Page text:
The men's Olympic Standard. As with the bulk of the women in the field, many of these guys will recognize each other from the Olympic Trials in Atlanta. And it will be a serious badge of honour to cross the finish line in under this time. For older athletes, it will validate the last four years to some degree, and for younger ones it will reveal a great deal of promise and motivation for the lead up to Paris 2024.

There are currently nine men in the field who are within one minute of this time, on either side of it. There are also nine men with half-marathon qualifying times who would no doubt love to run under 2:11:30.

Keep an eye out for these international athletes, who all need to run under this time in order to achieve their ultimate goal in the desert:

Cameron Levins, Canada

Rory Linkletter, Canada

Benjamin Preisner, Canada

Justin Kent, Canada

Daniel Mesfun, Eritrea

Amanuel Mesel Tikue, Eritrea

Jose Antonio Uribe Marino, Mexico

Igor Olefirenko, Ukraine

Emmanuel Roudolff

Mohamed Hrezi, Libya

Matthew Leach, UK

Luis Fernando Ostos Cruz, Peru


For the four Canadians in the men's race, this is an intriguing time. It's what compatriot Tristan Woodfine ran in October at the London Marathon in order to grab the second spot on the Canadian Olympic marathon team for Tokyo. If two runners dip under this time, Woodfine would no doubt lose his spot and be forced to try to run even faster before the qualification window closes in 2021.


If you talk to any elite male marathon runner, at some point this number comes up. It's like the three-hour barrier for recreational runners. The number has cache, and getting under it is no doubt the "A" goal for many of these athletes.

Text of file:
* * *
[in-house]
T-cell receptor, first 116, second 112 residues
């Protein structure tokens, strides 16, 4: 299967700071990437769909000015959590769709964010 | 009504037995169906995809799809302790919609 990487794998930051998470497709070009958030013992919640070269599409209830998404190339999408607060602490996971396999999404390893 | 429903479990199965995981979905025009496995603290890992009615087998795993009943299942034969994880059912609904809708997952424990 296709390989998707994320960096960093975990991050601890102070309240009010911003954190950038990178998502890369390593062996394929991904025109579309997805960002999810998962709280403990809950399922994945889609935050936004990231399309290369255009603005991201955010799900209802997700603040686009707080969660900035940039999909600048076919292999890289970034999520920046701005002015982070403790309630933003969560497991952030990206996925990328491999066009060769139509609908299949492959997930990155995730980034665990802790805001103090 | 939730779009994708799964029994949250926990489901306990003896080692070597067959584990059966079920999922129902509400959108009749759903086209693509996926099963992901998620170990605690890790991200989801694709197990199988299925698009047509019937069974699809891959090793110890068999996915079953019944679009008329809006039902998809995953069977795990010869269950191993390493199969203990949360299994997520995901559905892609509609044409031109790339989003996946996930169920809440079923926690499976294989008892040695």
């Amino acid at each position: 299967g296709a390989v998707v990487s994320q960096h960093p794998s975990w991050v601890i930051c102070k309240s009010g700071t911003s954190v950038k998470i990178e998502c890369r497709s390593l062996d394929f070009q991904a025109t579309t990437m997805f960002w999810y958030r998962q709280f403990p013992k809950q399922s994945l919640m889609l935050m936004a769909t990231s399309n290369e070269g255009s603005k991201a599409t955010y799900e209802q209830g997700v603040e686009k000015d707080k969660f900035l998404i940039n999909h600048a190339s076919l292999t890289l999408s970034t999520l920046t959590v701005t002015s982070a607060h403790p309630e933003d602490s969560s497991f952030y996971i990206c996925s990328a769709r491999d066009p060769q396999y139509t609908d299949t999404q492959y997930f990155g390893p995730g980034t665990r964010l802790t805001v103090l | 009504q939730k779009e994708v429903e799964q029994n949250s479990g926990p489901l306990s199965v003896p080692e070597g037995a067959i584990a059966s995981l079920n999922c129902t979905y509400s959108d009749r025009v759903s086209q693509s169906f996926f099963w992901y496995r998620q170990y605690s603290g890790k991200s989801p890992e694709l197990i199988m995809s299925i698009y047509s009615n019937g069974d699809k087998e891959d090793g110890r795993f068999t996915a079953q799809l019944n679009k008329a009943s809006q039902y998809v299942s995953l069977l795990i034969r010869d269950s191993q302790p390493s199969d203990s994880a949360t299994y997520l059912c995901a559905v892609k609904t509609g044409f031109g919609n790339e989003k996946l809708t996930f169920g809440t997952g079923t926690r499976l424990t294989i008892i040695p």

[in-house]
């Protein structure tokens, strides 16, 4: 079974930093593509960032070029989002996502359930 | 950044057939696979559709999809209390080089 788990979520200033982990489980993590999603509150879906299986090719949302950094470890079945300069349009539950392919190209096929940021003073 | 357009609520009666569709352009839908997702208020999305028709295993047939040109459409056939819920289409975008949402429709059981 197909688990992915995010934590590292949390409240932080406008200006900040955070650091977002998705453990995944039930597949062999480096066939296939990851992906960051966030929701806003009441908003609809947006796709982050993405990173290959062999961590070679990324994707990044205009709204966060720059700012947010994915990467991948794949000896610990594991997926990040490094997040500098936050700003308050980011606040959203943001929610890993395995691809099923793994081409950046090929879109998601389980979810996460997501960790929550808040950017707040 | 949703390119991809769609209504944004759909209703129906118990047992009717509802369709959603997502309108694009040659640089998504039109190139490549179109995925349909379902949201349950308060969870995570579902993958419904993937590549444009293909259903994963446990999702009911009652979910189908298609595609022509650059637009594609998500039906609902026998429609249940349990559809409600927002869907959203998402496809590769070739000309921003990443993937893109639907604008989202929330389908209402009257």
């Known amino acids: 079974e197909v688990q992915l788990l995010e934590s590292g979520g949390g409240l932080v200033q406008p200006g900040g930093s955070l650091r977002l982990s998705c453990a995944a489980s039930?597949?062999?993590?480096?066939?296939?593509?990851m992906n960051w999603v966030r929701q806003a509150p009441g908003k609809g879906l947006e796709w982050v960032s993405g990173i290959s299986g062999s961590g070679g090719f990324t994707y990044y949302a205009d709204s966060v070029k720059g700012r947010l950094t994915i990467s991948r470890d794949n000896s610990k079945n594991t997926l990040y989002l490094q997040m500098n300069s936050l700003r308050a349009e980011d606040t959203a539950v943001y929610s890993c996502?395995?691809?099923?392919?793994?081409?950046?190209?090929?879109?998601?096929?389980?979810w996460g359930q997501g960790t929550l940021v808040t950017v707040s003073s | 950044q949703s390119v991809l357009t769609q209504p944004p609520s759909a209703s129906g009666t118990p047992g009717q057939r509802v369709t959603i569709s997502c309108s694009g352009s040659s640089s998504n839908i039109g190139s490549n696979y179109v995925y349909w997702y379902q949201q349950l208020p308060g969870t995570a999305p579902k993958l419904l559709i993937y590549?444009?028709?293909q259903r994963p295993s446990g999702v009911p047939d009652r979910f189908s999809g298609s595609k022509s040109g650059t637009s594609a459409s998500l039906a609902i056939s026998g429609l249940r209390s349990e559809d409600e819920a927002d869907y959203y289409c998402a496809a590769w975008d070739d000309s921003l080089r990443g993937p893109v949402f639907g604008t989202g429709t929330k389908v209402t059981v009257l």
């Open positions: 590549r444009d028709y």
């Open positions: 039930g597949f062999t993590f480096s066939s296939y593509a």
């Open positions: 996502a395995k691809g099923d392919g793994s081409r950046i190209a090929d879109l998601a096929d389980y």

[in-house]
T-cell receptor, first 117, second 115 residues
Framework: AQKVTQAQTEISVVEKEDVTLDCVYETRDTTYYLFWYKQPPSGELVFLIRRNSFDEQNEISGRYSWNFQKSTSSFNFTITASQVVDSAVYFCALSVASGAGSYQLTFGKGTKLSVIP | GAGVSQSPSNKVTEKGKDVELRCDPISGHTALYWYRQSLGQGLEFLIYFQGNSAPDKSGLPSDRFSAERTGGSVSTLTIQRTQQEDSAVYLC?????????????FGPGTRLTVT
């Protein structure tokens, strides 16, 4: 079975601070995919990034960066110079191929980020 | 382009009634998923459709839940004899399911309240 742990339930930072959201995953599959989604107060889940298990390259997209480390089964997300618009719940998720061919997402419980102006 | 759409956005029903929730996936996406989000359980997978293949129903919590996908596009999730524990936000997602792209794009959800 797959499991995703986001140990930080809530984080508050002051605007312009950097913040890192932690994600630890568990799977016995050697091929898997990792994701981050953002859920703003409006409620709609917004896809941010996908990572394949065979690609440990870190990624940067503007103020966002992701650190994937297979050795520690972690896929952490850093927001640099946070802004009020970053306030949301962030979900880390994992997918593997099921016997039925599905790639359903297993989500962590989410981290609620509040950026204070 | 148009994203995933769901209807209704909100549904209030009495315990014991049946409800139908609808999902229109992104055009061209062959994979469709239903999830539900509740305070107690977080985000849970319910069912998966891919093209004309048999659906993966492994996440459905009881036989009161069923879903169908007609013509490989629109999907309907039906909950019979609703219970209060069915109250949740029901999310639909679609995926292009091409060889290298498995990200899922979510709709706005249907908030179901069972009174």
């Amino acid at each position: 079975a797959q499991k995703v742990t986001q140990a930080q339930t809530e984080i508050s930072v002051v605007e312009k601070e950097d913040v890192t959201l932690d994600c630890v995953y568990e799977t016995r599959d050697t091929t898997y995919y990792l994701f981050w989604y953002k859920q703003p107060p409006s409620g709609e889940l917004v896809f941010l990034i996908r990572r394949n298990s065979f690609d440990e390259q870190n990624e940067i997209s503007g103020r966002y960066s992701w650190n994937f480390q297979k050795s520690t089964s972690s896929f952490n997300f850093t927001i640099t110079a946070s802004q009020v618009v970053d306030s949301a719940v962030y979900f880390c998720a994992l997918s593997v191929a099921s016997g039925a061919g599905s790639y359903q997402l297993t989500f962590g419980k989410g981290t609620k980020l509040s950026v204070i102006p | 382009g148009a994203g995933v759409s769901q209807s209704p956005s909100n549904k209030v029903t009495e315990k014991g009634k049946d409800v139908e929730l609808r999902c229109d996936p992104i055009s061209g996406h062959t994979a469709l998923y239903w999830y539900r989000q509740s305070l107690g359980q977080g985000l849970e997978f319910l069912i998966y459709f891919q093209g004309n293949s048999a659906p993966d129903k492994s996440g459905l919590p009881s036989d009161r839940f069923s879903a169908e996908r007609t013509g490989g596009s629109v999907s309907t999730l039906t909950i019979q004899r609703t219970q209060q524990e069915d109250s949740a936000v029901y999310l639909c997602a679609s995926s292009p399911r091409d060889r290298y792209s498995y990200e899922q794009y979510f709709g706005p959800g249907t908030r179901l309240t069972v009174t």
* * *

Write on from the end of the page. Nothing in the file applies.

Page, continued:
The Canadian men's marathon record, held by Cameron Levins, who is in this race. He said on our podcast that his goal is to run a new record on Sunday — and to run much faster than 2:09:25. He'll be going out with the lead men's group, which will be paced at 2:09 flat.


The time Galen Rupp ran to win the men's race at the U.S. Olympic Trials. Now, that was an unpaced performance, so arguably harder than the equivalent achievement at The Marathon Project, but it will still be a satisfying time to surpass.

2:08:xx or faster

One of the question marks going into this weekend will be if any athlete dares break away from the lead pack, and attempt to run significantly faster than 2:09. It's unlikely, but there is a good possibility that the winner of this race will be able to muster up enough speed in the second half to crack the 2:09 barrier. Only two men in the field have ever broken 2:09 (Amanuel Mesel Tikue and Jose Antonio Uribe Marino) but neither have run anywhere near that time in years. Americans Scott Fauble (2:09:09) and Jared Ward (2:09:25), the third and fourth fastest runners in the field, have come tantalizingly close. They actually both ran these personal bests in the same race — the 2019 Boston Marathon — finishing seventh and eighth. These two are in Arizona because they were unsatisfied with their respective Olympic Trials performances, so 2:08:xx will be on each of their minds.


Current American top dog Galen Rupp's personal best. No one will come close to this time on Sunday.